Morning Venus Brushes the Bull’s Brow, and Lay Down and Look Up for Stars!
Lay Down and Look Up!
The best way to take in the splendor of the night sky is to lay on your back and gaze upwards, where the sky is darkest and the air thinnest. This is also your best bet to spot meteors and passing satellites. Some easy to recognize constellations are positioned directly overhead in late evening this month.
Position yourself so that south is below your gaze, i.e., chin towards south horizon and the crown of your head towards the North Star Polaris. Your left shoulder will point east and your right one west. Looking up, just east of straight overhead you will find the bright white star Vega in Lyra (the Harp). Vega, the western corner of the Summer Triangle, is the brightest star in our summer nights and the fifth brightest in all the sky.
Shifting your gaze a short distance west of Vega you will find the constellation of Hercules, whose body is defined by a keystone shaped quartet of modestly bright stars. The keystone is about 6° across (a palm’s width), with the wide end north and the narrow end south. The hero of mythology is upside down for us. His sharply bent legs extend northward and his two arms are outstretched to the southeast and southwest. His eastern hand star (to our lower left) combines with four others to make a loose chain of five stars running left-right, each separated by a couple of finger widths. In classical drawings he is grasping the three-headed dog Cerberus, which he was tasked with capturing as one of his twelve labours.
Hercules is the fifth largest constellation in area, and was one of the original 48 constellations tabulated by Ptolemy. It contains one of my favorite objects, the globular cluster known as the Great Hercules Cluster or Messier 13. This object is a tightly packed ball of about 300,000 old stars. At magnitude 5.9, it is visible with unaided eyes under dark skies as a faint smudge, but reveals much more under magnification! It is located along the western (right) edge of the keystone, about one-third of the way from the wide end. Roughly between his knees there is another smaller globular cluster called Messier 92. We can’t see them visually, but Hercules is home to several known exoplanets orbiting his stars.
Hercules contains quite a few double and binary stars within reach of a backyard telescope. One of the nicest is modest Rasalgethi, or Ras Algethi “Head of the Kneeler”, which sits about 16° to the southwest (lower right) of the bottommost corner of the keystone (almost into Ophiuchus). In a small telescope, this star easily splits into a lovely pair of orange and greenish stars. The slightly brighter one is a red giant class star that varies in brightness randomly over months to years. The partner is a yellow Sun-like star that is itself a binary star too tightly spaced to resolve. The stars are about 360 light-years away and are orbiting one another with a period of 3,600 years. This double star, like many others, was given a single name centuries before telescopes revealed that there was more than one star there.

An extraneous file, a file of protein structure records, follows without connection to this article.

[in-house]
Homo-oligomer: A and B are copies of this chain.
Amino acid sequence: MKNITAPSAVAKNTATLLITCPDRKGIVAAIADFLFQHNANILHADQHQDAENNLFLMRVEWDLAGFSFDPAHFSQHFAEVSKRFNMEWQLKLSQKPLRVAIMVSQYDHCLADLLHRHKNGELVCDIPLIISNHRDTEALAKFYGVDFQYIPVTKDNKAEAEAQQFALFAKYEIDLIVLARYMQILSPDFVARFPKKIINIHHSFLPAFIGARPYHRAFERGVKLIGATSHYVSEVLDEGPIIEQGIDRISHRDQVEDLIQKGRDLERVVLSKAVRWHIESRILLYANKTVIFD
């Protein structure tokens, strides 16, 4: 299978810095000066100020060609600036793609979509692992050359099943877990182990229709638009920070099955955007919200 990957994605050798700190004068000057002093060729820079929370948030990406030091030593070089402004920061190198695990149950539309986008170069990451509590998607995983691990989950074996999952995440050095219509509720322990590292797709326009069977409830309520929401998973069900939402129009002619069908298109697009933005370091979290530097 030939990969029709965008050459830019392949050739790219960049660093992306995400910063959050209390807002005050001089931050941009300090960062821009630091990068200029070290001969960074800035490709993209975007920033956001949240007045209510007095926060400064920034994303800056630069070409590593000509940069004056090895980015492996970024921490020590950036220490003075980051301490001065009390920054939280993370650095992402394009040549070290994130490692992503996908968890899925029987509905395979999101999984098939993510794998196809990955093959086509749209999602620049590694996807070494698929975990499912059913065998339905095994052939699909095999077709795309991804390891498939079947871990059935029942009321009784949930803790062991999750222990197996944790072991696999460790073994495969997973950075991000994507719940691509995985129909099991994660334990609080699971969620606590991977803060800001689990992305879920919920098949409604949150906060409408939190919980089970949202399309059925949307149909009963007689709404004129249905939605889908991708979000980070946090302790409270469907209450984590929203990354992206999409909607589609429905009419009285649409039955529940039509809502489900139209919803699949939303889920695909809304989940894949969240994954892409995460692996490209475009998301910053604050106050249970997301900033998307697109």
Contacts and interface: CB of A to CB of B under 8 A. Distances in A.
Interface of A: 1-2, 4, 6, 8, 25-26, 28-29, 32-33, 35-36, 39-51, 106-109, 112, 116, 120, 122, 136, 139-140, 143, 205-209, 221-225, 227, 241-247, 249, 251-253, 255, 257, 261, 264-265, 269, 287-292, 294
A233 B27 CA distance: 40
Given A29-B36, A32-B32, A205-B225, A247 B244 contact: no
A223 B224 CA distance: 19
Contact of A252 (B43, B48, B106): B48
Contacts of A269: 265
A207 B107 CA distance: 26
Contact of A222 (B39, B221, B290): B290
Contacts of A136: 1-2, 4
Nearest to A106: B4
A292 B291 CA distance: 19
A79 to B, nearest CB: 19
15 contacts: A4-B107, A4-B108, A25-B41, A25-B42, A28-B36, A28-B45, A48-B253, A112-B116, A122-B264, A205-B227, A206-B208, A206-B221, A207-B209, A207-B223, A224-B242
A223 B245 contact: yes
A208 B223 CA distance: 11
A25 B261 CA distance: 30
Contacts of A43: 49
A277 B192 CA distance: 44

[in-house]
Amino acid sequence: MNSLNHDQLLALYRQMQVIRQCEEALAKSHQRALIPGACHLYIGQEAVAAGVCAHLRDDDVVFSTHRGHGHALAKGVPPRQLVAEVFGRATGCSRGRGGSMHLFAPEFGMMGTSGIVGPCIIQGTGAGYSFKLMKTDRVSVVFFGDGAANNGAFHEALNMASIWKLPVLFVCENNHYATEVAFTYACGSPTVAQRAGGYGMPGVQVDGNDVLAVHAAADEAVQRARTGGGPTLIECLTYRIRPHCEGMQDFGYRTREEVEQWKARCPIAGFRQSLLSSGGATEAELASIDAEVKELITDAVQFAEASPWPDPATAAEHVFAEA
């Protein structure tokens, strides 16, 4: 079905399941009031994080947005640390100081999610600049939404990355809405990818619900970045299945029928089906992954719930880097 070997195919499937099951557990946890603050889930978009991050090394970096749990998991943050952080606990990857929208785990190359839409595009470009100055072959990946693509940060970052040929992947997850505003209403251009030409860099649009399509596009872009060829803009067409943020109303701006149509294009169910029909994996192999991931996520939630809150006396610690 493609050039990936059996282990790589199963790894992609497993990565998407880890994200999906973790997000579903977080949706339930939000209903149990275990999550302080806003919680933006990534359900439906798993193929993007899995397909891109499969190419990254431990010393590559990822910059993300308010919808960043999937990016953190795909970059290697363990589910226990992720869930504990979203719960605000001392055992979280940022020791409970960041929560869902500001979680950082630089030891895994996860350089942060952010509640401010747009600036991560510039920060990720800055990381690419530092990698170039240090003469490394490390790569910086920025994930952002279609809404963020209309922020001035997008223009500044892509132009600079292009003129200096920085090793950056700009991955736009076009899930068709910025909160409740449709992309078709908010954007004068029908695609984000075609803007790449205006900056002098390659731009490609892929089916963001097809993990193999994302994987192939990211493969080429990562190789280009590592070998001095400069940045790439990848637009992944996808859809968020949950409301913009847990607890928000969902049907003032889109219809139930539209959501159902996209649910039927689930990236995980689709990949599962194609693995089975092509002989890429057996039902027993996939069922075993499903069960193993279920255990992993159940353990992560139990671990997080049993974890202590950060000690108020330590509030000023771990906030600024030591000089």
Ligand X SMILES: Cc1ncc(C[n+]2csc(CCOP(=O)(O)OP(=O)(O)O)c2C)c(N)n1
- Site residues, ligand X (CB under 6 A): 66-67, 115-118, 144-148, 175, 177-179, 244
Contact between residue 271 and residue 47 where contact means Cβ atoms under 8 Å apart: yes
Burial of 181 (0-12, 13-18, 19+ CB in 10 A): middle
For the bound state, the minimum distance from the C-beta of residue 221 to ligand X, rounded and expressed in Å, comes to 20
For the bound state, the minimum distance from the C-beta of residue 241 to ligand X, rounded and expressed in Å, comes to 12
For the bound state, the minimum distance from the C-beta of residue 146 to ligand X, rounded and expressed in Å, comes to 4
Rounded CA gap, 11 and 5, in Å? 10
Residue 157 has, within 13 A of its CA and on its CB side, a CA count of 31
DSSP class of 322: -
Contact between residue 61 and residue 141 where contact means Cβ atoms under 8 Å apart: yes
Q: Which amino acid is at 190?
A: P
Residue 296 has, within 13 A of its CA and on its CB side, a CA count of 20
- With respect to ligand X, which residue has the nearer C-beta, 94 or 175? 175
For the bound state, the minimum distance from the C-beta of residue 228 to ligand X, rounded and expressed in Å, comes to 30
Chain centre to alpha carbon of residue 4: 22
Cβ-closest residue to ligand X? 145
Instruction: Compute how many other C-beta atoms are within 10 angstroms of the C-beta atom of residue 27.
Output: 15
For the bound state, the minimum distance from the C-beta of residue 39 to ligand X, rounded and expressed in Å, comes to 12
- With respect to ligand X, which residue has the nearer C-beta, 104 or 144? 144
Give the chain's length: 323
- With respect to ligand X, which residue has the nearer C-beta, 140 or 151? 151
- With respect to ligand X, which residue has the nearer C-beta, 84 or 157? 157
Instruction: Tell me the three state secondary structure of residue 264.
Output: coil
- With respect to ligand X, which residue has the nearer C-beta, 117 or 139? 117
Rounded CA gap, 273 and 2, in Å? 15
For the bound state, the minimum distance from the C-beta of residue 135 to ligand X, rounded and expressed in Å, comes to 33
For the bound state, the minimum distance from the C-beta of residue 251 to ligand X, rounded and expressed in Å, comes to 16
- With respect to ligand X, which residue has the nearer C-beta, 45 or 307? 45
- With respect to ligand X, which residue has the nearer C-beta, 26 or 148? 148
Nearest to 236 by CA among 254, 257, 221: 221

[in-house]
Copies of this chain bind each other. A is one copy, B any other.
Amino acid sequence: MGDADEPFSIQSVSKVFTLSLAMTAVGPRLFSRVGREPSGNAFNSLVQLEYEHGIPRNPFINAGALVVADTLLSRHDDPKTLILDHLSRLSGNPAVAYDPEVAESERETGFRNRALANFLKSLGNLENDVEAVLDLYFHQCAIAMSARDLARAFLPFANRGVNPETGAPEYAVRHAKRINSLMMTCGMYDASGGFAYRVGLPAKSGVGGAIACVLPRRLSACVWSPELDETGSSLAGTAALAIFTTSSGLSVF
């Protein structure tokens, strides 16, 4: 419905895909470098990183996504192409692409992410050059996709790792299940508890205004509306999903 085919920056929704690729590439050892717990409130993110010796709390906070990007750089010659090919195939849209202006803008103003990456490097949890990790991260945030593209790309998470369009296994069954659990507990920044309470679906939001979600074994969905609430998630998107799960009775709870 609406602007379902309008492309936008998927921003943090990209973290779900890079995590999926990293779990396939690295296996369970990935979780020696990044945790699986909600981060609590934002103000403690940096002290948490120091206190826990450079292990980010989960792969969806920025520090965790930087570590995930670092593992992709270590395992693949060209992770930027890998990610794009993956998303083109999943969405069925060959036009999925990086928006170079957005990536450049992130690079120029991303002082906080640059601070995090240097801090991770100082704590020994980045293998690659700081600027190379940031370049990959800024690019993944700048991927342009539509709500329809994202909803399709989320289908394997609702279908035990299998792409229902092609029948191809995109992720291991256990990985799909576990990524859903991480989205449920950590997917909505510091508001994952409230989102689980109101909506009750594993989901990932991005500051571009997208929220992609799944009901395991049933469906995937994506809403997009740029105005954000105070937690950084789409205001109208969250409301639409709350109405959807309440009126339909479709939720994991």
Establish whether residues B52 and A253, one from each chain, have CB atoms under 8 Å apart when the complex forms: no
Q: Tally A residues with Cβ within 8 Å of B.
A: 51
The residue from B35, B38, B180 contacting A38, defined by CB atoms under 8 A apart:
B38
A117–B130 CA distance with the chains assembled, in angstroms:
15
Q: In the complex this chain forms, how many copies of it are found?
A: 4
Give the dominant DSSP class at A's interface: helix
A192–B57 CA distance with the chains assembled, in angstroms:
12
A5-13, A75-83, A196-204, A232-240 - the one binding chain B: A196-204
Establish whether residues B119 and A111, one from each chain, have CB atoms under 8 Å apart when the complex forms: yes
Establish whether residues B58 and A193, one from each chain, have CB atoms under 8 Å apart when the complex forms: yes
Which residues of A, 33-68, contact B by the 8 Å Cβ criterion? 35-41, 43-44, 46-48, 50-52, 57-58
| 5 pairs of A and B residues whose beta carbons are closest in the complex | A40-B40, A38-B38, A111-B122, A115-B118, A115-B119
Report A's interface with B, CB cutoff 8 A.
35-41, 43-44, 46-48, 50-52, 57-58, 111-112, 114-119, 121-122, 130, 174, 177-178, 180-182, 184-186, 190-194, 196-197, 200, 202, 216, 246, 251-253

The brightest star in Hercules, Kornephoros “Club-bearer”, sits a fist’s width below the bottom right star of the keystone (just extend that side of the stone downwards). Only 3° (about two finger widths) to its lower right, is the double star Gamma (γ) Herculaneum, sometimes called Nasak Shamiya III. This is another pair that easily splits into two yellow stars in a modest telescope. But this double is an optical illusion. The fainter star is actually much closer to us!
Marsic “the Elbow”, or Kappa (κ) Herculaneum, is another “line of sight” double star that’s easy in a small telescope. It’s 4° to the lower right of Gamma Herculaneum. A few degrees further down brings us to the triangular head of Serpens (the Serpent), but that’s another story.
Immediately to the west of Hercules is a very distinctive constellation called Corona Borealis (the Northern Crown), and for good reason! A circle of seven stars forms a tiara festooned by a single bright star called Alphekka or “jewel”. The constellation is approximately a palm’s width across. In mythology, the crown was given to Princess Ariadne of Crete by Dionysus, who married her years after she helped Theseus escape the Minotaur. It, too, is one of the original Ptolemaic constellations. The Mikmaq people of Canada saw it as the den of the great celestial bear, while other cultures saw a string of jewels, a boomerang, and an eagle’s nest.